[Extract of a Letter of James Martineau to Francis William Newman.]
Oct. 27, 1852
. . . . .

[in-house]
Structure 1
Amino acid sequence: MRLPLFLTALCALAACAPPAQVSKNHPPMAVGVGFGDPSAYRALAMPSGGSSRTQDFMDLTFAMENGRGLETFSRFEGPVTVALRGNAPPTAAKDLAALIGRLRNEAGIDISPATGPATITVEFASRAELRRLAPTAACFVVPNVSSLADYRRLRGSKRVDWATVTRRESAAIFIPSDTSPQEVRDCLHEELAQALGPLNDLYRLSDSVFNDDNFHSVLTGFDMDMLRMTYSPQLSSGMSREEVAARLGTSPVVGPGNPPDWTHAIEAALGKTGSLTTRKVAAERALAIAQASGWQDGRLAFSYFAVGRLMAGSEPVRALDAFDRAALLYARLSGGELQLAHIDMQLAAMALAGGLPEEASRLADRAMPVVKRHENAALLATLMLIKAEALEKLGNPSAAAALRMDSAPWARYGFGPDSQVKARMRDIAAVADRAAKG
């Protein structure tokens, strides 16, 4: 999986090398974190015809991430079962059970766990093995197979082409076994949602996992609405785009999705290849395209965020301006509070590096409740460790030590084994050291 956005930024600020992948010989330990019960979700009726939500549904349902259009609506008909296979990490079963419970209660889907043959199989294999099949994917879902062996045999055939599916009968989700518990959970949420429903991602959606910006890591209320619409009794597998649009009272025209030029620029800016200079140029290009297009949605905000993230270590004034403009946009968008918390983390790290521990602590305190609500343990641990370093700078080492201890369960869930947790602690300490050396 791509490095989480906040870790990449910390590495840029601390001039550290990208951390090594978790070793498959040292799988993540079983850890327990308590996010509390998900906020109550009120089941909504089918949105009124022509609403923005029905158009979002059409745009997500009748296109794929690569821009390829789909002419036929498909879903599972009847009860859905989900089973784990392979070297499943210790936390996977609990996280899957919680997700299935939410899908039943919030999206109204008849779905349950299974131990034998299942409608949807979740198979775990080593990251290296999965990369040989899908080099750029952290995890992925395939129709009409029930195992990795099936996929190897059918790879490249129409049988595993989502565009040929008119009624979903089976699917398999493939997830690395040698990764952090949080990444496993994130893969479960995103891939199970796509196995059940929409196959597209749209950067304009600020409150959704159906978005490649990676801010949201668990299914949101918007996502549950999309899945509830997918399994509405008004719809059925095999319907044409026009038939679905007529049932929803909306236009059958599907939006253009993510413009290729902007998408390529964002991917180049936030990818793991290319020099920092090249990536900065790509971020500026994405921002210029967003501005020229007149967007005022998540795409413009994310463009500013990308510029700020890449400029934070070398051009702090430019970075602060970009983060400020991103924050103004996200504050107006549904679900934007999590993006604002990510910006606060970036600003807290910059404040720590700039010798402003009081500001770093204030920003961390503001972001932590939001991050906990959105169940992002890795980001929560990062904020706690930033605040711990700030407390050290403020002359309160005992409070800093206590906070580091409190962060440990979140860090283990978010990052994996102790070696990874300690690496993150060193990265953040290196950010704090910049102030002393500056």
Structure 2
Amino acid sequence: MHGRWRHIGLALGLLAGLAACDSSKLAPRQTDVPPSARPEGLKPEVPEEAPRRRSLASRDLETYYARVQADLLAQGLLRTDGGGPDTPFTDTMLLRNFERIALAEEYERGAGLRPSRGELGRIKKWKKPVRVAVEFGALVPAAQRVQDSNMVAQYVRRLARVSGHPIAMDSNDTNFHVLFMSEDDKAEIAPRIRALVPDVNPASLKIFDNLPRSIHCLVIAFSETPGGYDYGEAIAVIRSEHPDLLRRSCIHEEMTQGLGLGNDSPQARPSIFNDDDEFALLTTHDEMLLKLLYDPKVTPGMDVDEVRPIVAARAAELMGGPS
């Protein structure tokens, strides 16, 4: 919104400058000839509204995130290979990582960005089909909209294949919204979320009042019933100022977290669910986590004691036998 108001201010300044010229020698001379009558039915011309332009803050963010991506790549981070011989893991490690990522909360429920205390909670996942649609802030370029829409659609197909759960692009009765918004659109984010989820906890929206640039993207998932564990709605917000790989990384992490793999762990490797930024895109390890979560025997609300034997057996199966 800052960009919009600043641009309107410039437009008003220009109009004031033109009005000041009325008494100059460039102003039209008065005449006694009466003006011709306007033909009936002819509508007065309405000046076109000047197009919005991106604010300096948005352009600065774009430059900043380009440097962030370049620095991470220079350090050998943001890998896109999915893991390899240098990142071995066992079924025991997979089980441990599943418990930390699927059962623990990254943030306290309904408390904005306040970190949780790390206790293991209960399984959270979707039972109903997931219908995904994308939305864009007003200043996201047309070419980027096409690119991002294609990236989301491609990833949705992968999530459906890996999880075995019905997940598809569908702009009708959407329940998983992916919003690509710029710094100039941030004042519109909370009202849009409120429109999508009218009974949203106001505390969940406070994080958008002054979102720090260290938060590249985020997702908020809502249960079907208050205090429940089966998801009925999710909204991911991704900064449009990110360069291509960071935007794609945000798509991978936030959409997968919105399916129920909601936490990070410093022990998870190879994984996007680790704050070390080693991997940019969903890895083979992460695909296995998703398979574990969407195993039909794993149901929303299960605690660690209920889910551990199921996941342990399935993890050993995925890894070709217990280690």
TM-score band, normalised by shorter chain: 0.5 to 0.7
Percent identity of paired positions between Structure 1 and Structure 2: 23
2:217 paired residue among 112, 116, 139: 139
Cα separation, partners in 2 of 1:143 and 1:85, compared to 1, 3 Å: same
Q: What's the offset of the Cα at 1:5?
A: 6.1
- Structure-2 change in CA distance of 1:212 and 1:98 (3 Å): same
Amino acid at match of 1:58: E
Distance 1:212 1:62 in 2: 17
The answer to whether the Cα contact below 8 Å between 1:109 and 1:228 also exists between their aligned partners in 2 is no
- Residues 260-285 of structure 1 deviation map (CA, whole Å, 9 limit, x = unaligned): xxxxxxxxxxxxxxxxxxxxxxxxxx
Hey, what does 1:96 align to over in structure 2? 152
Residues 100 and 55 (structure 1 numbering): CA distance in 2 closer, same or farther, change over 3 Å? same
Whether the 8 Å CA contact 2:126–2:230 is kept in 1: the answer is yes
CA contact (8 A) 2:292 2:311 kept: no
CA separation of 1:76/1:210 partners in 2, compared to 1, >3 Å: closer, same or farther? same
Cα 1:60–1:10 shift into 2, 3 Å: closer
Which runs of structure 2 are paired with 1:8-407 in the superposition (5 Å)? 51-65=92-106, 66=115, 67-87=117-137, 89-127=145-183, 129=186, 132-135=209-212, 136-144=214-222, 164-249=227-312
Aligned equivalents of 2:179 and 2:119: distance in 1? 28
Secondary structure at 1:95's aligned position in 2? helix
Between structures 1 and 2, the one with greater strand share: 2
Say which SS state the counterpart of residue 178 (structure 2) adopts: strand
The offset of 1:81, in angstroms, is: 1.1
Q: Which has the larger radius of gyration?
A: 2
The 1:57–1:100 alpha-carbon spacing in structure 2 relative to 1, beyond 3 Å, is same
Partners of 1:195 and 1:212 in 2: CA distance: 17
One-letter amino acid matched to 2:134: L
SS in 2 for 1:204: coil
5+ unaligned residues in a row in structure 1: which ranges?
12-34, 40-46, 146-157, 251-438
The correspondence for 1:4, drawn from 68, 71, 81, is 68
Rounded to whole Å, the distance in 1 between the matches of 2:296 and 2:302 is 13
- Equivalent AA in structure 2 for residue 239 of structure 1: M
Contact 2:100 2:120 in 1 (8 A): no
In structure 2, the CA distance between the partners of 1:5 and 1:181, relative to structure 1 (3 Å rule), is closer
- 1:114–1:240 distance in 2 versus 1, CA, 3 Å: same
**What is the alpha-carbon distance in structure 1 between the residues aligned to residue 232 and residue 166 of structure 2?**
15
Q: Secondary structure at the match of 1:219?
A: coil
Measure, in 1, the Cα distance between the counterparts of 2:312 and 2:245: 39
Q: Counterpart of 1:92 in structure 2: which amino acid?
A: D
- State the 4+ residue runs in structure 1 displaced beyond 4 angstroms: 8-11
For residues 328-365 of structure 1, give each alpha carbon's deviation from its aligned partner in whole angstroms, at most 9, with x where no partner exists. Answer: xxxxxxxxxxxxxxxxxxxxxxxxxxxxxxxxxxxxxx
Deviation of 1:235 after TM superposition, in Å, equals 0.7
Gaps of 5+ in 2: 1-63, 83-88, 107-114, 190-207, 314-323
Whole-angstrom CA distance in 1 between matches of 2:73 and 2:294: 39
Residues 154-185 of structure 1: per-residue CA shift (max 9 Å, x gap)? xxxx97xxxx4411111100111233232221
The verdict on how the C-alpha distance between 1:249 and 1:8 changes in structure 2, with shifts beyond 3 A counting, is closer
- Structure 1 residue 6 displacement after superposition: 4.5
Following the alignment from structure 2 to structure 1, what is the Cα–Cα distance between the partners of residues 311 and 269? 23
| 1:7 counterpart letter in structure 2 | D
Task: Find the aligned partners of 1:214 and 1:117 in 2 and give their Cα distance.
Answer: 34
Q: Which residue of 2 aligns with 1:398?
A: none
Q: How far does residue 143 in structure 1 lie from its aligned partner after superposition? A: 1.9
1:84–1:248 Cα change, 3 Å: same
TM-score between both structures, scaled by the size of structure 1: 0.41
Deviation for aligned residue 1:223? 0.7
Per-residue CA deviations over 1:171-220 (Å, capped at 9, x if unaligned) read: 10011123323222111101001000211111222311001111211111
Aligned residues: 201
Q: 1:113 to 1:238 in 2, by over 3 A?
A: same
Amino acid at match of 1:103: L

At Manchester we are again in the midst of the vexed question about the proper destination of our College. In the course of a protracted discussion to-day, it was asserted that the discipline of the classes in your College is not in a satisfactory state; and that, as the students cannot be got to pre-pare their work, the lessons have come to be mere prelections by the Professors. I do not believe this; but nobody was present who could of his own knowledge deny it. How do the facts stand? Is there any unfavourable change? My own wish now is decidedly for the amalgamation of our College and University Hall, the requisite theological department being added. But we are a queer crotchety people; and what will be the upshot, nobody can foresee. Anyhow, I imagine my occupation will be gone, and with it, any faint gleams I may have indulged of more systematic study and more exclusively Professorial duties, as life advanced.